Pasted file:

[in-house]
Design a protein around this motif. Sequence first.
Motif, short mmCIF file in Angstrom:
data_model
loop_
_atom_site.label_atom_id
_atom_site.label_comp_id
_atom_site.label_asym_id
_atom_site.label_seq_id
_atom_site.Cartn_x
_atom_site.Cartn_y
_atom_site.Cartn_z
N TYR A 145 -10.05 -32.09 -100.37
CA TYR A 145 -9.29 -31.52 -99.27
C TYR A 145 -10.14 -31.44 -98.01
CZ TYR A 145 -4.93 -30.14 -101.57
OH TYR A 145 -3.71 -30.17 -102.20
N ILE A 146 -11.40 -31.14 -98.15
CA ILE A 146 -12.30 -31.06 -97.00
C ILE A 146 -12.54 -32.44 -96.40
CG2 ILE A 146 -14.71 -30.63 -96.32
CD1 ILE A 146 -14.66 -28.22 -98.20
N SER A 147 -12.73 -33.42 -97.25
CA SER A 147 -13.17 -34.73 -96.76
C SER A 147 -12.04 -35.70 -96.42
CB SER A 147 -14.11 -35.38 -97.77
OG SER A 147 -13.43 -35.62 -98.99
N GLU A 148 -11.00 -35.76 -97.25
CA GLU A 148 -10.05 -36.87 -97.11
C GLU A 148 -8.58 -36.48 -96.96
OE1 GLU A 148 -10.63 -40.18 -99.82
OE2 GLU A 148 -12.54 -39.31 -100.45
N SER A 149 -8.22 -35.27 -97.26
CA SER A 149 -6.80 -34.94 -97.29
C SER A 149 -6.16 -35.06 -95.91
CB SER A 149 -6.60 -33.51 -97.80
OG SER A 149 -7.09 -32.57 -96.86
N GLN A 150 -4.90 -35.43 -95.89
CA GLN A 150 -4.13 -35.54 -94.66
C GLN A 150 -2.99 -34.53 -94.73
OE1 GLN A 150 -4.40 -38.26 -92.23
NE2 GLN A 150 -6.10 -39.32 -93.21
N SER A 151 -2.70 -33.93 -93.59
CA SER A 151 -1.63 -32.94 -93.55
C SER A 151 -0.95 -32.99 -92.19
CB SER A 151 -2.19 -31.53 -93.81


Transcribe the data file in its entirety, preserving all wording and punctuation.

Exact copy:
[in-house]
Design a protein around this motif. Sequence first.
Motif, short mmCIF file in Angstrom:
data_model
loop_
_atom_site.label_atom_id
_atom_site.label_comp_id
_atom_site.label_asym_id
_atom_site.label_seq_id
_atom_site.Cartn_x
_atom_site.Cartn_y
_atom_site.Cartn_z
N TYR A 145 -10.05 -32.09 -100.37
CA TYR A 145 -9.29 -31.52 -99.27
C TYR A 145 -10.14 -31.44 -98.01
CZ TYR A 145 -4.93 -30.14 -101.57
OH TYR A 145 -3.71 -30.17 -102.20
N ILE A 146 -11.40 -31.14 -98.15
CA ILE A 146 -12.30 -31.06 -97.00
C ILE A 146 -12.54 -32.44 -96.40
CG2 ILE A 146 -14.71 -30.63 -96.32
CD1 ILE A 146 -14.66 -28.22 -98.20
N SER A 147 -12.73 -33.42 -97.25
CA SER A 147 -13.17 -34.73 -96.76
C SER A 147 -12.04 -35.70 -96.42
CB SER A 147 -14.11 -35.38 -97.77
OG SER A 147 -13.43 -35.62 -98.99
N GLU A 148 -11.00 -35.76 -97.25
CA GLU A 148 -10.05 -36.87 -97.11
C GLU A 148 -8.58 -36.48 -96.96
OE1 GLU A 148 -10.63 -40.18 -99.82
OE2 GLU A 148 -12.54 -39.31 -100.45
N SER A 149 -8.22 -35.27 -97.26
CA SER A 149 -6.80 -34.94 -97.29
C SER A 149 -6.16 -35.06 -95.91
CB SER A 149 -6.60 -33.51 -97.80
OG SER A 149 -7.09 -32.57 -96.86
N GLN A 150 -4.90 -35.43 -95.89
CA GLN A 150 -4.13 -35.54 -94.66
C GLN A 150 -2.99 -34.53 -94.73
OE1 GLN A 150 -4.40 -38.26 -92.23
NE2 GLN A 150 -6.10 -39.32 -93.21
N SER A 151 -2.70 -33.93 -93.59
CA SER A 151 -1.63 -32.94 -93.55
C SER A 151 -0.95 -32.99 -92.19
CB SER A 151 -2.19 -31.53 -93.81